DeRay Mckesson ’07 announced on Wednesday that he is running as a Democrat to be the 50th mayor of Baltimore. He announced his candidacy in a Medium article in which he acknowledged he was a non-traditional candidate, writing, “I am not a former Mayor, City Councilman, state legislator, philanthropist or the son of a well-connected family. I am an activist, organizer, former teacher and district administrator that intimately understands how interwoven our challenges and our solutions are.” His words quickly went viral online, picked up by many of his 299,000 Twitter followers.

Mckesson has an impressive breadth of achievements. At Bowdoin, Mckesson was the president of BSG twice and served three terms as his class president. After his graduation from Bowdoin, Mckesson worked as a teacher for Teach for America, worked for The New Teacher Project and the Harlem Children’s Zone, and then in human resources for the Minneapolis school system. In the summer of 2014 he famously left his job in Minneapolis to go to Ferguson, Mo. to join the protests of the death of Michael Brown, who was killed by a police officer while unarmed.

Mckesson began community organizing through social media, and has since taken his activism to other high-profile sites of police violence—including Waller County, Texas, where Sandra Bland was found dead in a jail cell, and Mckesson’s hometown of Baltimore, where Freddie Gray died in a police van. With other Black Lives Matter activists, he helped to create Campaign Zero, a 10-point agenda to reduce police violence with a platform that focuses on decriminalizing minor infractions that disproportionately affect poor communities of color.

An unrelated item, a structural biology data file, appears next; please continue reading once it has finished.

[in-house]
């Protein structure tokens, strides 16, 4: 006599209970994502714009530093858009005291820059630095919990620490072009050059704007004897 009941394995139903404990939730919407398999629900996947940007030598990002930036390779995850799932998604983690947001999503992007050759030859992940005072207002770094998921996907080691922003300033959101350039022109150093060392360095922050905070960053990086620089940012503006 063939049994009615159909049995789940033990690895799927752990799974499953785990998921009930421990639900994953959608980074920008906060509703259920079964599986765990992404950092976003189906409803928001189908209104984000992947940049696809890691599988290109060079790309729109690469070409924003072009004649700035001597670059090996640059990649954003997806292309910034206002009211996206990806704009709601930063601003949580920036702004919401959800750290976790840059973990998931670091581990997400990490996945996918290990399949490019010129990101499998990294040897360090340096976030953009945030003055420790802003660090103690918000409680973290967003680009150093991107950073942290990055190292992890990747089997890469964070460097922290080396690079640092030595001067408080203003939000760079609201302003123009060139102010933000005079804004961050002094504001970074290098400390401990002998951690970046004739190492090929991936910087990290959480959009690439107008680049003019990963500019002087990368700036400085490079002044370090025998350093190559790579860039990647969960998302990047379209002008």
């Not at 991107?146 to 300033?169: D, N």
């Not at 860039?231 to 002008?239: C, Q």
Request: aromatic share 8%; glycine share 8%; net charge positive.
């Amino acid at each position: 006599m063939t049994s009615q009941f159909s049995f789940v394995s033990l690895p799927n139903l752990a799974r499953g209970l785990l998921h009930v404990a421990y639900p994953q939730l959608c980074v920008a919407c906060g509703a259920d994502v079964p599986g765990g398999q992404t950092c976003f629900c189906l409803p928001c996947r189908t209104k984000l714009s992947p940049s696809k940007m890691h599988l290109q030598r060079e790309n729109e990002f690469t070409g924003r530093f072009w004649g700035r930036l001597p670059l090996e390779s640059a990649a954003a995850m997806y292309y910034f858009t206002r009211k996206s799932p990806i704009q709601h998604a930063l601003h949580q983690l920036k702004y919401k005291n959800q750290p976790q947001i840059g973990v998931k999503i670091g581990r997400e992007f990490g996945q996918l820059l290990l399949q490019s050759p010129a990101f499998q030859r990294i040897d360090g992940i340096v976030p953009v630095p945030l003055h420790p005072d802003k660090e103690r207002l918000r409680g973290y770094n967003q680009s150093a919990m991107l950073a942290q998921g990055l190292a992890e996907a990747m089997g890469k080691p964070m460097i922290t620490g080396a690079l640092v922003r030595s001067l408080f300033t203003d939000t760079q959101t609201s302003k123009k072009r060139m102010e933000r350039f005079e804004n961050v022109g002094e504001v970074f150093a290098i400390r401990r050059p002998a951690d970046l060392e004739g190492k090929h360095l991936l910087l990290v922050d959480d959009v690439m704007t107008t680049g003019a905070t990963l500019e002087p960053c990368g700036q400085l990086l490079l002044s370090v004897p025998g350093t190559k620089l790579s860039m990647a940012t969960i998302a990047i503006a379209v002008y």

It is an understatement to say that Mckesson’s public persona is unusual for a Bowdoin alum. He’s switched places with Stephen Colbert for a late night segment, guest lectured at Yale Divinity School, and been the focus of a New York Times Magazine feature; he’s sparred with Wolf Blitzer on live TV and been called a “next-generation race baiter” by the National Review. He’s faced too many death threats to count and was the subject of the trending hashtag #gohomederay. His signature blue Patagonia vest has a tribute Twitter account, @deraysvest, with over 4,000 followers of its own.

It’s inspiring to us that Mckesson, who’s forged a unique trail to this point, came from Bowdoin. We’re often told that the path to a meaningful career can be winding and indirect, but most of our notable alumni are successful via a traditional path. Take the Board of Trustees—almost half work in finance. There is no “be an activist” counselor at the Career Planning Center. Yet, we hope that in the future, Mckesson will not be such an outlier. Mckesson doesn’t have his name on a building, but he is the Bowdoin alum doing the most exciting work right now.

This editorial represents the majority view of the Bowdoin Orient’s editorial board, which is comprised of Julian Andrews, John Branch, Jono Gruber, Matthew Gutschenritter, Emma Peters, Meg Robbins, Nicole Wetsman, and Emily Weyrauch.